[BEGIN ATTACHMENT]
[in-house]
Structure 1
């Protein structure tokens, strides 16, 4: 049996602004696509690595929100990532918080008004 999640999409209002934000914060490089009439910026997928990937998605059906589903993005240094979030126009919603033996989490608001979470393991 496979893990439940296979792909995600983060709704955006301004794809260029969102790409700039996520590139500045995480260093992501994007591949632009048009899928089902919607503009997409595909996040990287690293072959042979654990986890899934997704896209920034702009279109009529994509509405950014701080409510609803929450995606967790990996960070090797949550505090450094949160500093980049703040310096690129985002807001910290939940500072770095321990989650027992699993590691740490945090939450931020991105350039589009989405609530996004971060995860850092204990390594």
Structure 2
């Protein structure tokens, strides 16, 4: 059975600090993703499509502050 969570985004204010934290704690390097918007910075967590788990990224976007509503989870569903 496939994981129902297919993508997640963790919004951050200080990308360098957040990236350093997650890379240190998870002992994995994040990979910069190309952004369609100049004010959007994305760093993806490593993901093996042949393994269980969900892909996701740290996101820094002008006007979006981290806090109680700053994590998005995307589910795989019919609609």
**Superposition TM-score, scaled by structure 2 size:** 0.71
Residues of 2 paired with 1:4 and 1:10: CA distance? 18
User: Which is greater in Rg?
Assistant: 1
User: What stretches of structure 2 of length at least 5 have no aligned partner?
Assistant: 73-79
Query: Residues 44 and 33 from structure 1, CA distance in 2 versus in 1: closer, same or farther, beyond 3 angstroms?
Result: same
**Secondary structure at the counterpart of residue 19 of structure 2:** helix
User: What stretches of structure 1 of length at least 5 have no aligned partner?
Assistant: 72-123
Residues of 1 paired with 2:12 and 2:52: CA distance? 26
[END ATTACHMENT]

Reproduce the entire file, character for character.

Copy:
[in-house]
Structure 1
């Protein structure tokens, strides 16, 4: 049996602004696509690595929100990532918080008004 999640999409209002934000914060490089009439910026997928990937998605059906589903993005240094979030126009919603033996989490608001979470393991 496979893990439940296979792909995600983060709704955006301004794809260029969102790409700039996520590139500045995480260093992501994007591949632009048009899928089902919607503009997409595909996040990287690293072959042979654990986890899934997704896209920034702009279109009529994509509405950014701080409510609803929450995606967790990996960070090797949550505090450094949160500093980049703040310096690129985002807001910290939940500072770095321990989650027992699993590691740490945090939450931020991105350039589009989405609530996004971060995860850092204990390594």
Structure 2
């Protein structure tokens, strides 16, 4: 059975600090993703499509502050 969570985004204010934290704690390097918007910075967590788990990224976007509503989870569903 496939994981129902297919993508997640963790919004951050200080990308360098957040990236350093997650890379240190998870002992994995994040990979910069190309952004369609100049004010959007994305760093993806490593993901093996042949393994269980969900892909996701740290996101820094002008006007979006981290806090109680700053994590998005995307589910795989019919609609």
**Superposition TM-score, scaled by structure 2 size:** 0.71
Residues of 2 paired with 1:4 and 1:10: CA distance? 18
User: Which is greater in Rg?
Assistant: 1
User: What stretches of structure 2 of length at least 5 have no aligned partner?
Assistant: 73-79
Query: Residues 44 and 33 from structure 1, CA distance in 2 versus in 1: closer, same or farther, beyond 3 angstroms?
Result: same
**Secondary structure at the counterpart of residue 19 of structure 2:** helix
User: What stretches of structure 1 of length at least 5 have no aligned partner?
Assistant: 72-123
Residues of 1 paired with 2:12 and 2:52: CA distance? 26